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Bravura Alumni Society

May 2019 Spotlight

Alana Bond – Co-founder and Director of Simanye

When interviewed by Bravura as part of our twenty year celebrations, and asked about her vision for the future, Alana Bond said, “Taking people on a journey to create change and positive impact.” Alana shares insights from her own journey as an entrepreneur committed to empowering South Africans.

Alana Bond is a co-founder and director of economic development company Simanye, which provides clients with specialist B-BBEE services, economic development and social enterprise consulting, and facilitates impact investment for innovative high-risk, early-stage social enterprises, through a venture philanthropy approach.

Alana worked for Bravura for six years within the company’s strategic BEE consultancy (Bravura Consulting); first as a consultant, then moving to senior consultant before finally taking the helm as managing director four years later.  In 2012, Alana bought the Bravura Consulting business from Bravura. She thereafter rebranded, and enabling her to explore the economic development opportunities by starting Simanye with her co-founder, Lana Lovasic, who also worked at Bravura Consulting.

  • What drives you? 

For me it is the intersection between making profit and creating positive impact in the world.

  • Describe your most compelling qualities.

I have a vision for the future, and my hope is to bring other people along the journey to create change and positive impact in South Africa.  Simanye is a vehicle for this vision and has been found to resonate with the wider market, both in terms of clients and colleagues.

I also like to get things done. While it’s inspiring to hear ideas about how meaningful socio-economic impact can be achieved, those ideas become irrelevant if not converted into action.  I’m energised by being able to implement ideas, to mobilise plans and see results.

  • How would colleagues and clients describe you?

I think each would describe me quite differently! Within the team, I’m direct and tend to drive everyone forward.  I can be pretty intense, which I suspect is quite intimidating for those around me.

From a client perspective, the knowledge and experience that I’ve been fortunate enough to build up over the years is something that they have come to rely on, and I’m grateful for the confidence that they have in me.  I would like to venture that I can ‘talk their language’ and accurately understand their requirements.  This in turn enables us to deliver relevant and sustainable solutions for them.

  • Professional memories or milestones at Bravura?

Bravura was an early adopter of transactional BEE.  When I joined the company in 2006, broad-based BEE and the balanced scorecard measures were completely unchartered territory and would only be gazetted in 2007.  There simply wasn’t a developed industry; there were no standards, no set of interpretations and limited industry bodies.  We essentially had to teach ourselves.  At the time we built a number of the calculation tools and frameworks for Bravura’s team to use when consulting to clients.

Bravura made a big impact on my career.  Being afforded the opportunity to take the leadership reins of the BEE consultancy in 2010 was the beginning of my own entrepreneurial journey.  I was able to use my leadership role to develop key skills and grow a network, while being paid a salary every month, which ultimately helped me to run my own business. This security is something I am particularly grateful for when I look back – especially as I didn’t realise at the time where it would all lead to.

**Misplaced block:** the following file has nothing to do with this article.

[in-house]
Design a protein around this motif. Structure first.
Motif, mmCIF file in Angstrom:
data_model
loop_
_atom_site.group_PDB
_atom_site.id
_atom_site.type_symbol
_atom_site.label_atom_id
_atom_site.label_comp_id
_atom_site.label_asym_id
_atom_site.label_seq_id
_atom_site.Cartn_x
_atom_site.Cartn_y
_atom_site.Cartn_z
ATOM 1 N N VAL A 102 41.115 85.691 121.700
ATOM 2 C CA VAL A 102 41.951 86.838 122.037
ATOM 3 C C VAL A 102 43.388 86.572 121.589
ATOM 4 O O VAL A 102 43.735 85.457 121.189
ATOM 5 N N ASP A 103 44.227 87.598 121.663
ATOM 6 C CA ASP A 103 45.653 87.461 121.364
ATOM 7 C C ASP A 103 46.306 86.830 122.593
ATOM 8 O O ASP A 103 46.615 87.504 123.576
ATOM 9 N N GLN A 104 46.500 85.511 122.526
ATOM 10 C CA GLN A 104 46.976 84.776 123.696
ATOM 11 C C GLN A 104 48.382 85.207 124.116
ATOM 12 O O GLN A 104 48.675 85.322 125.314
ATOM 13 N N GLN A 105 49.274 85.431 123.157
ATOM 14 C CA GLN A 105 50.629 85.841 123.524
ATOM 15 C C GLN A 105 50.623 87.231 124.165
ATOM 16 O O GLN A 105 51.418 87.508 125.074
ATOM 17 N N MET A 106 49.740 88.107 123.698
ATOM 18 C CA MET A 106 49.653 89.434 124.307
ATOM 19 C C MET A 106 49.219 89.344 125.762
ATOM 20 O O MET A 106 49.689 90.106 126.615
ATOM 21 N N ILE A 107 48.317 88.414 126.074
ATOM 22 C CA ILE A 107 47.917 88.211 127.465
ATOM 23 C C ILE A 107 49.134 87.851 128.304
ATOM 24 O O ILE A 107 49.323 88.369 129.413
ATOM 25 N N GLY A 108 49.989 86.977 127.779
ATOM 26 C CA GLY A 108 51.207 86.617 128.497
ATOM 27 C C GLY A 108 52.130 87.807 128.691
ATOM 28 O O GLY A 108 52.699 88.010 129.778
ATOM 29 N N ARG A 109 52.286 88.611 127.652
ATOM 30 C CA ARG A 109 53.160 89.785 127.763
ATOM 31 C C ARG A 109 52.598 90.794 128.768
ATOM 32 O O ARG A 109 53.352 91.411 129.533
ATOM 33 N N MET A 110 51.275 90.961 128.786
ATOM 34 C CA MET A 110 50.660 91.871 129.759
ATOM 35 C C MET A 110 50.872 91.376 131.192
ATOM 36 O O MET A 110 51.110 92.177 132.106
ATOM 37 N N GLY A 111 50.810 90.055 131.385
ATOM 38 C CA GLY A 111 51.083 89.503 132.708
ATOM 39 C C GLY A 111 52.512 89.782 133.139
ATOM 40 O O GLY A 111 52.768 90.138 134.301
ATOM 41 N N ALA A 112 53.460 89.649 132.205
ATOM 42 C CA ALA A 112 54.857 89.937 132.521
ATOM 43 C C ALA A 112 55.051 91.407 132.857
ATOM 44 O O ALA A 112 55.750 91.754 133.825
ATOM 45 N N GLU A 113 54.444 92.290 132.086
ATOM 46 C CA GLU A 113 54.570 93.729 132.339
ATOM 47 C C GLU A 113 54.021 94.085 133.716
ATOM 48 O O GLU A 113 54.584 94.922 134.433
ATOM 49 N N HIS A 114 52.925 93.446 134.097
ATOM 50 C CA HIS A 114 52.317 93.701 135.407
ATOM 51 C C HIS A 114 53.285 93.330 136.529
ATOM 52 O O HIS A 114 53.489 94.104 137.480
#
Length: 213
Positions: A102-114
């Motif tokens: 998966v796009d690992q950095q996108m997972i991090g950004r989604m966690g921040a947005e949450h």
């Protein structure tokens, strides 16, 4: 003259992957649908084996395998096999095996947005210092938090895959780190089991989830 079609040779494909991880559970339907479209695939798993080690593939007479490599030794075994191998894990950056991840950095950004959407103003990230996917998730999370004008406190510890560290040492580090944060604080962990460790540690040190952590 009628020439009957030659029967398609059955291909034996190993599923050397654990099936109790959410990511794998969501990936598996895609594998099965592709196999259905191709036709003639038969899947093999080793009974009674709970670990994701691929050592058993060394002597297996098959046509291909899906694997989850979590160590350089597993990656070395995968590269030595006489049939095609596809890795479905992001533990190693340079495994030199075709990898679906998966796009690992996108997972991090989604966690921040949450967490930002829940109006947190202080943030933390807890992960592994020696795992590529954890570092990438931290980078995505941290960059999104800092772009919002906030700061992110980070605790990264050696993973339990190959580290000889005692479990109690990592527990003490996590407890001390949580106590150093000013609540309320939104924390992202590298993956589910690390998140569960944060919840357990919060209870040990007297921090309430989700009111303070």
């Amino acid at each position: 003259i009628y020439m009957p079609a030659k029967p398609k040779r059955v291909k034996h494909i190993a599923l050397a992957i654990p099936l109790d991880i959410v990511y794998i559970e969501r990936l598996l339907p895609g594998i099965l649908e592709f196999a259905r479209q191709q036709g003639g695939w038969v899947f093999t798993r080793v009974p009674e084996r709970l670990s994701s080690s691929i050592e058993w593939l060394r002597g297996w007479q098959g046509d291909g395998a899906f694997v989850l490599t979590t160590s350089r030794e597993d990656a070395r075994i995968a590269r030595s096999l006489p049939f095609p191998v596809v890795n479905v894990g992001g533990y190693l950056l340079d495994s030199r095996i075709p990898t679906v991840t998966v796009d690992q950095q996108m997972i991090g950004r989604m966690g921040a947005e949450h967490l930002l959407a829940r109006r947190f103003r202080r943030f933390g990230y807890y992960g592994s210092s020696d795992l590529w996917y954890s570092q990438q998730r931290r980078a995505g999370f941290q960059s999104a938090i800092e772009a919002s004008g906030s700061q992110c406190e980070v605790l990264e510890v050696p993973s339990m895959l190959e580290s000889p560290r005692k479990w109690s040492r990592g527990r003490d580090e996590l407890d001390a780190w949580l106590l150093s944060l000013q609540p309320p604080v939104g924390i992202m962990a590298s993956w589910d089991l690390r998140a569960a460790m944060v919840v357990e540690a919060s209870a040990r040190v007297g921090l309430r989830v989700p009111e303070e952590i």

• In a word or phrase, describe Bravura.

Bravura strives for excellence in its work and its solutions to clients.  It’s one of the great values that Bravura lives by and is something that we also stand for at Simanye.

  • Do you have enough hours in your day? 

Never.  One of my goals for 2019 is to bring on-board the right people who can take on more of a daily management role.  I’ve been heavily involved in the BEE consulting space for a long time now, and one of my goals is to become a subject-matter expert in the business rather than an operator, to free up my time to focus more on the other areas of our business.

  • Congratulations, you’ve just been elected president of South Africa.  What is your first order of business? 

Two things.  The first is education, which of course is easy to talk about yet much harder to solve.  But this is one of the root causes of almost every issue that affects South Africa today and deserves absolute and ongoing scrutiny.  It’s a long game, beginning with early childhood development moving through to tertiary education and youth development – which is my own personal area of interest. We have recently started up a new business venture funded by Simanye Consulting called Lucha Lunako, which means “The Youth Have It”. Our philosophy and research is focused on what it actually takes to get young people economically active.

The second is to take a strategic and holistic view of what we want to achieve as a country, and then to audit and amend existing legislation – or produce new legislation that enables this. South Africa has many socio-economic and environmental challenges. With the right interventions and the right funding, we can solve these issues, with job creation, unemployment and poverty alleviation being secondary, but distinct additional outcomes.  This includes the funding and support of small and medium enterprises (SMMEs), which are not, but should be, the backbone of this country.

These two aspects, education and strategic eco-system analysis and support, both address long-term root-cause issues around skills and people’s ability to work, and hold the critical key to propelling our economy forward.